We live, it has been said, in a postideological age. Ideologically confused might be more like it. Either way, there is no question that since the fall of the Berlin wall the ideological sands have been shifting. A good deal of the political map has been reshaped, its intellectual coordinates recombined with results that are by turns welcome and horrifying, but almost always amusing--at least to me.
This post-cold war road is paved with the personal journeys of intellectual and political figures of various stripes, many of whom have crisscrossed one another along the postideological superhighway. Think of Pat Buchanan's metamorphosis from conventional cold war Republican into paleocon populist and full-fledged anti-imperialist; Michael Lind's long, strange trip "up from conservatism" to an idiosyncratic sort of social-democratic nationalism; Joschka Fischer's voyage from revolutionary New Leftism to "realo" pragmatism to humanitarian interventionism; Harper's editor Lewis Lapham's drift from a hard-to-pin-down but more or less conservative centrism to a kind of undefined patrician left-liberalism and now militant anti-imperialism. And then, of course, there's Christopher Hitchens, who is still building the road as he travels, but who blends elements of post-Trotskyism, liberal internationalism and what Ian Williams has cleverly labeled "neo-neo-conservatism."
Among the most interesting of the postideological pilgrims is the British writer John Gray, a professor of European thought at the London School of Economics. Gray's journey has taken him from championing the Thatcher revolution to becoming one of globalization's most savage critics; from writing Hayek on Liberty, a 1984 paean to the Austrian sage of free-market economics, to penning False Dawn, a 1998 jeremiad about the "delusions of global capitalism"; from frequenting Washington's right-wing think tanks to frequenting the pages of the Guardian and the New Statesman.
Straw Dogs represents yet another twist in Gray's journey. He is now a convert to the worldview of "deep" ecology. No longer is it the excesses of the free market or corporate globalization that exercises Gray. He's had it with the human race itself. "The destruction of the natural world is not the result of global capitalism, industrialisation, 'Western civilisation' or any flaw in human institutions." Rather, he explains, it is "a consequence of the evolutionary success of an exceptionally rapacious primate."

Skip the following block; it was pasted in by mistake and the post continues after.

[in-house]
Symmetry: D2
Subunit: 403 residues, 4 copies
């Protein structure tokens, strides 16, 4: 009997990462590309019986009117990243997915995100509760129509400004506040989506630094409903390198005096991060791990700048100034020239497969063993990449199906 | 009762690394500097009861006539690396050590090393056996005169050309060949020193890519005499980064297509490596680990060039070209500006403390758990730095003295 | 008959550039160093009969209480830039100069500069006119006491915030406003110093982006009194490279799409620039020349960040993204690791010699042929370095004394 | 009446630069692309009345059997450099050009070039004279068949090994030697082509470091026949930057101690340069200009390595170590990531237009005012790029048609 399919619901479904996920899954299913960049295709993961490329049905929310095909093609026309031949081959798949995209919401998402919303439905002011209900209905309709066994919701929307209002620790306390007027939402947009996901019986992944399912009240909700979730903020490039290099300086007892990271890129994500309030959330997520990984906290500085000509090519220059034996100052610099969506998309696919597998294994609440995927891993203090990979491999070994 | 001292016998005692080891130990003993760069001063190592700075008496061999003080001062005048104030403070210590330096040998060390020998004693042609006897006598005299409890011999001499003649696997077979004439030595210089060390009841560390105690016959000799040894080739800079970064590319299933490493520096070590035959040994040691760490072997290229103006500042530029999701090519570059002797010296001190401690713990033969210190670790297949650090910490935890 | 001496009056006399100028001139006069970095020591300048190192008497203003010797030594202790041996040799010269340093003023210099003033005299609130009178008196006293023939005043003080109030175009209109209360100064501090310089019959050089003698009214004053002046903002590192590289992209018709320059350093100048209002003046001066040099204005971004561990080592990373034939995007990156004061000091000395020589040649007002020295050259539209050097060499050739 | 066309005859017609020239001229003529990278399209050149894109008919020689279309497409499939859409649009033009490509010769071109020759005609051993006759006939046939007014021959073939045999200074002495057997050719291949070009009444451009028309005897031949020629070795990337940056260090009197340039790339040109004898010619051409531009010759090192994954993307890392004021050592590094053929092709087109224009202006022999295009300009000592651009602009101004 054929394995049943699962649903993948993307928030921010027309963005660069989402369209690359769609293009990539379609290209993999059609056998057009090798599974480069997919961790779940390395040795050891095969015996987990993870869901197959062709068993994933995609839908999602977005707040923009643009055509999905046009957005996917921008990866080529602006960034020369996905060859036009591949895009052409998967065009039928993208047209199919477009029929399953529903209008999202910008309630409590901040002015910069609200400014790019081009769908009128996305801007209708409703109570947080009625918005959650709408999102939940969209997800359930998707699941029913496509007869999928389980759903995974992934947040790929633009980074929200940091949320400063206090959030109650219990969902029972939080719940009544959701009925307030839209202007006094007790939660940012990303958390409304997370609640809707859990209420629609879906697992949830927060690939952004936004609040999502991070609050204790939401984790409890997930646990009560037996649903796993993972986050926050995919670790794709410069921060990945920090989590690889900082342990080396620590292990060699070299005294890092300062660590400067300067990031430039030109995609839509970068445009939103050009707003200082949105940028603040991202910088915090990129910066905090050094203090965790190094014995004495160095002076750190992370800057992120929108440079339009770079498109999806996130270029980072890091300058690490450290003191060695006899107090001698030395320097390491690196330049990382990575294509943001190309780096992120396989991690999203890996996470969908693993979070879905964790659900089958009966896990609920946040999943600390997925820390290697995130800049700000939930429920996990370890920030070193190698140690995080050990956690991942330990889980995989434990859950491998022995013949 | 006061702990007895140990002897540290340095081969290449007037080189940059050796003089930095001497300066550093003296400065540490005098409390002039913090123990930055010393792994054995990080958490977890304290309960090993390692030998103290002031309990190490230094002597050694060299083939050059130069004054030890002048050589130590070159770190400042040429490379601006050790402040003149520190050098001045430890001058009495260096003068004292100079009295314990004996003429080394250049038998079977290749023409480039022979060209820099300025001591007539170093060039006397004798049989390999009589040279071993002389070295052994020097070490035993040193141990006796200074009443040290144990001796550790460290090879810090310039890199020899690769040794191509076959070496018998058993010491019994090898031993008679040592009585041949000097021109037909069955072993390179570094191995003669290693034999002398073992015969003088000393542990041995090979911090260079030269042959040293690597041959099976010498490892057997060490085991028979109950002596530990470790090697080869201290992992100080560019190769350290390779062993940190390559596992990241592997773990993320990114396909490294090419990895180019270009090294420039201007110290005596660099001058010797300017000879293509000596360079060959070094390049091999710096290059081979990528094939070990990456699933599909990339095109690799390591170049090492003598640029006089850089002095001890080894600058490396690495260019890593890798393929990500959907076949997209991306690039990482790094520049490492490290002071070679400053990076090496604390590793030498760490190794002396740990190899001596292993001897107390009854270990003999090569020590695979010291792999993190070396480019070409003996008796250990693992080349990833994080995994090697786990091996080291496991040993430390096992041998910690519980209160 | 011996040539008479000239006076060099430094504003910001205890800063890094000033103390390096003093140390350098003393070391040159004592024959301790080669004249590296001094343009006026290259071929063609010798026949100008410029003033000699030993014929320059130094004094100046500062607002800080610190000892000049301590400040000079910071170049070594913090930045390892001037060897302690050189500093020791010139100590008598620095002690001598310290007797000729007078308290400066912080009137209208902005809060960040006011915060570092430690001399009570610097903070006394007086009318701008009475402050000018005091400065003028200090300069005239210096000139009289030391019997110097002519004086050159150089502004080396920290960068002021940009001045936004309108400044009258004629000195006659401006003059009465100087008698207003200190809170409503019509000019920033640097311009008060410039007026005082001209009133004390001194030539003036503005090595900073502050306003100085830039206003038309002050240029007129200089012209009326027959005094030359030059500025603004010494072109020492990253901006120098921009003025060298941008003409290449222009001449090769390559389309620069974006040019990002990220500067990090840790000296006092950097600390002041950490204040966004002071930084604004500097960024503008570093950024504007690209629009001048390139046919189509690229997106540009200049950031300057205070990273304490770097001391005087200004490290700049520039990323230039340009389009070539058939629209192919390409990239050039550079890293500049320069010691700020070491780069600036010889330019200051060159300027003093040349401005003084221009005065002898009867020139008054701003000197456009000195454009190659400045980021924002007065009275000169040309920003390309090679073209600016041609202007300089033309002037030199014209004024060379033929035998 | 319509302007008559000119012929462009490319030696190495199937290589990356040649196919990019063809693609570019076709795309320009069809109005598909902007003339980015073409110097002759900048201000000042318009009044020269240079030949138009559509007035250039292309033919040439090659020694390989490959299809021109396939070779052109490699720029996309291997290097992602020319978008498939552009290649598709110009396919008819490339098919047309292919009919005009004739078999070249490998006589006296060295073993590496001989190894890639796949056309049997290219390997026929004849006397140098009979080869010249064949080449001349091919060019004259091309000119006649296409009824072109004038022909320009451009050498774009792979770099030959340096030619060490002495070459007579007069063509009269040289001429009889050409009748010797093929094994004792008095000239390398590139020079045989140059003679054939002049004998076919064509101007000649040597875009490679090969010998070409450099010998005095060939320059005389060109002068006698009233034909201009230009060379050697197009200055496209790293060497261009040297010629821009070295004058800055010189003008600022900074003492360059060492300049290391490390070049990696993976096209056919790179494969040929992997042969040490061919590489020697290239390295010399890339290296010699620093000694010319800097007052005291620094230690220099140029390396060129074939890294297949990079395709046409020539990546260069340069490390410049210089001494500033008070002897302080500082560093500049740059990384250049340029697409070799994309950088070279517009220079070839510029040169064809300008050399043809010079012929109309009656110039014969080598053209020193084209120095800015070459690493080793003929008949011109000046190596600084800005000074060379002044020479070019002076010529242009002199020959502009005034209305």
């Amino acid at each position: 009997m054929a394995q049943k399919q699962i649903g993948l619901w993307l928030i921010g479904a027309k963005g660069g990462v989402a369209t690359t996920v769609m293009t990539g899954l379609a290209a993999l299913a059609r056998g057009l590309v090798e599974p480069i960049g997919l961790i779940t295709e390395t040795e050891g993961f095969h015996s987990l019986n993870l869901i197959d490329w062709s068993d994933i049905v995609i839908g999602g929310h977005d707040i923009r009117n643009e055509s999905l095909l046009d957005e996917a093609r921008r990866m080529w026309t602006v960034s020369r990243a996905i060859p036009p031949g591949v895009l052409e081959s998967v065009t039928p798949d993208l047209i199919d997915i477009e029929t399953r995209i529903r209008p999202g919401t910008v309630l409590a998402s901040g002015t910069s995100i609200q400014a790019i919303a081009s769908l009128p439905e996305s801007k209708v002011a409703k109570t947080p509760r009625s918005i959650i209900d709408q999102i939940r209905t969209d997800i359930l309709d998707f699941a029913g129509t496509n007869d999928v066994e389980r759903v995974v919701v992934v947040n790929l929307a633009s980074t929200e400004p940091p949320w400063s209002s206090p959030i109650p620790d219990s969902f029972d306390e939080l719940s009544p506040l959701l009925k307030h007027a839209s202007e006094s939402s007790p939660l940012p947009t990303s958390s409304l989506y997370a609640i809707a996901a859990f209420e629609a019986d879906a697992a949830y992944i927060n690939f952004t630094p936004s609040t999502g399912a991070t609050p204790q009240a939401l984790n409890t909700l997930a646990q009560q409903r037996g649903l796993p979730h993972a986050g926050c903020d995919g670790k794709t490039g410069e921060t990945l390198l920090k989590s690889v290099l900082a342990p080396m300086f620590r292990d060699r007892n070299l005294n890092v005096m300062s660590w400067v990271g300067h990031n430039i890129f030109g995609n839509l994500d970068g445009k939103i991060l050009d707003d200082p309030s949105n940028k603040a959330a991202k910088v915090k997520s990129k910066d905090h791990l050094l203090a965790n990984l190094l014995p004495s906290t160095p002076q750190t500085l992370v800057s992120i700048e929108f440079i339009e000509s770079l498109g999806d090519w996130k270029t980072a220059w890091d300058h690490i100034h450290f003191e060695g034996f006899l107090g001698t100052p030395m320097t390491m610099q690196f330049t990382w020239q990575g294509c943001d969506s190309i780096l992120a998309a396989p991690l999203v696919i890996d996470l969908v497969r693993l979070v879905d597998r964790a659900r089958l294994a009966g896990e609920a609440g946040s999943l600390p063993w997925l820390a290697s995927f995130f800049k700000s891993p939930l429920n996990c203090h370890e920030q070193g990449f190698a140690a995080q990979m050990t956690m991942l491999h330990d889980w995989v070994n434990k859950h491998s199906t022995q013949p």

This will come as altogether welcome news to the captains of industry and the architects of the global economy; the ecological devastation they leave in their wake, according to Gray, has nothing to do with their exploits. And it will come as terribly disheartening news to anyone attempting to curb the more ferocious forms of environmental degradation. Kyoto Protocol--what's the point? Alternative energy--why bother?
Gray has had it not only with humans but with their self-aggrandizing self-image, with the pernicious intellectual scheme that he sees as the animating force behind their ecocidal rampages: humanism. Humanism, for Gray, commits two unforgivable intellectual sins: It claims that humans possess the capacity to shape their own destinies and that humans are above other animals.
This second claim rests on a peculiar distortion of humanism, one Gray compounds by idiosyncratically positing an antagonism between humanism and science. While Darwin "showed that humans are like other animals," humanists, he asserts, "claim they are not." An odd reading of modern intellectual history, to be sure. The Darwinian revolution was, on the contrary, hailed by humanists from the beginning as one of the high-water marks in humanism's struggle against religious irrationalism and superstition. Yet, in an odd reversal, Gray has turned humanists into enemies of science and evolution. Provided are no explanation, no argument, no reference to any specific humanists--just blanket assertion. This, I'm afraid, is all too characteristic of the method employed in Straw Dogs.